The coup of the album was hiring R&B; legend Ronnie Spector to sing the line, “Be my little baby,” on the hit single, “Take Me Home Tonight.” Martha Davis, of the Motels, sang it first but Money thought it would be a great idea to get Spector, whose signature song with the Ronettes was “Be My Baby.”
“But I thought she’d be too busy to do it,” Money said. “I called her up and asked her, ‘What are you doing?’ She said: ‘The dishes.’ I guess she wasn’t busy.”
Money is in the middle of a reformation, kicking the drug-and-booze habit. He was drinking a Shirley Temple that afternoon. “I get embarrassed ordering this crap,” he said, sneering at his drink, which is made without alcohol. “It’s sissy stuff.”
Money is paying the price for overindulgence. “I’m biting the bullet and doing what’s right,” he said. “I had to quit getting loaded. My tolerance for everything got incredibly high. I was wasting so much money.
“Things are changing. People I used to get loaded with are also in programs taking the cure. It’s difficult, but in the long run I’ll get used to it.”
Money didn’t make it easy for those who were trying to help cure him of drug abuse. “I was fighting them,” he said. “You know I just got my credit cards back? They tried to take all my money away to stop me from getting loaded. They were going to stop me? That’s a laugh. I’m from the streets. I know the ropes. I knew how to get around everything they were trying to do. Who did they think they were dealing with, Alice in Wonderland? I stopped when I was ready.”
Though Money repeatedly claimed that getting drunk or stoned is stupid, he wistfully looked back on his lunatic days in Berkeley and San Francisco.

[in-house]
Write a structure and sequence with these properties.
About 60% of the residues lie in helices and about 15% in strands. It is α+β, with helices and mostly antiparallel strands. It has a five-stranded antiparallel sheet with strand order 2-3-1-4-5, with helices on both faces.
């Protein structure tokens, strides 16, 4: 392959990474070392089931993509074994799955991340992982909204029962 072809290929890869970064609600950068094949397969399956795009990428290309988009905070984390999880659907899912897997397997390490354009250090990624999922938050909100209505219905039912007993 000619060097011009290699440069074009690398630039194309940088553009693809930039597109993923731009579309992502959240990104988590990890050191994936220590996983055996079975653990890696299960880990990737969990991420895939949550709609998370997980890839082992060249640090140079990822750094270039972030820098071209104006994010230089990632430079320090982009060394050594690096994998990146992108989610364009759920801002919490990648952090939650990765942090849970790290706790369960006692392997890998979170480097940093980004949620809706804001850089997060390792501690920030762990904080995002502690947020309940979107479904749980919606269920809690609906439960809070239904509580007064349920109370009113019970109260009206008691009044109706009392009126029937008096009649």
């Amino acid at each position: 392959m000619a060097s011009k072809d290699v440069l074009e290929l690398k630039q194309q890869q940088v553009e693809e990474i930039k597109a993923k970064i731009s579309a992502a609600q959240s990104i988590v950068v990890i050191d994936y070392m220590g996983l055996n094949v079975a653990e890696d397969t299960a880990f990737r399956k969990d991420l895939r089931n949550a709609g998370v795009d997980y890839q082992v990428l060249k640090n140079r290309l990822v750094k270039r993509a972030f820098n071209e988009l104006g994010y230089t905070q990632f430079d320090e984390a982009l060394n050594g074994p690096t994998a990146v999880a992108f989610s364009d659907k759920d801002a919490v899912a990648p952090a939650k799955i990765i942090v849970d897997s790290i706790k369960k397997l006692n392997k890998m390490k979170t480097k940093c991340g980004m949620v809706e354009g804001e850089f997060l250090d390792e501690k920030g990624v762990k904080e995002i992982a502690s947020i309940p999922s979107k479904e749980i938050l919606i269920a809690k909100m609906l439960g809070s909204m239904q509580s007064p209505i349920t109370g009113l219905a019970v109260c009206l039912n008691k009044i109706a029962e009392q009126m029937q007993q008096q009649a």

“I remember once I was in jail for three weekends for breaking probation,” he recalled. “I was so drunk I ripped up a liquor store. I wanted a bottle of vodka and ended up stealing a bottle of vermouth. That’s how loaded I was.
“Another time I got arrested for drunken driving. The only reason I was driving was because my wife had been drinking. The next thing I knew I was in the back of the cop car and my old lady was driving off into the sunset.”
“I was crazy-- crazy . I remember once I was so loaded I got out of the car at the tool booth on the bridge. I thought I was at a concert hall.”
This isn’t the first time Money has tried to give up alcohol. “I quit for a year to a year-and-a-half one time. I was still crazy. People thought I was still stoned. So I started drinking again.”
A belated sense of responsibility, to his family and his fans, helped spur him into sobriety.
“I put my wife, my folks, my manager Bill Graham through so much crap,” he said. “It had to stop. And so many kids look up to rock stars. I don’t want to lead them astray any more.”
His shows, he insisted, are better now, too: “I sing so much better now. I’m not ripping my fans off any more. I wasn’t in great shape for a lot of those shows. I think kids used to say, ‘Let’s go see him, he may OD tonight’.”
Being off drugs, Money has discovered, isn’t a cure-all for life: “Things are still crazy. I still get mad on the freeway and want to bash my car into somebody. I fight with my wife and kick in the hotel door. And I’m not stoned.
“I’m just crazy--a wild man, drunk or sober. So I might as well do the right thing and be sober. But it really is boring.”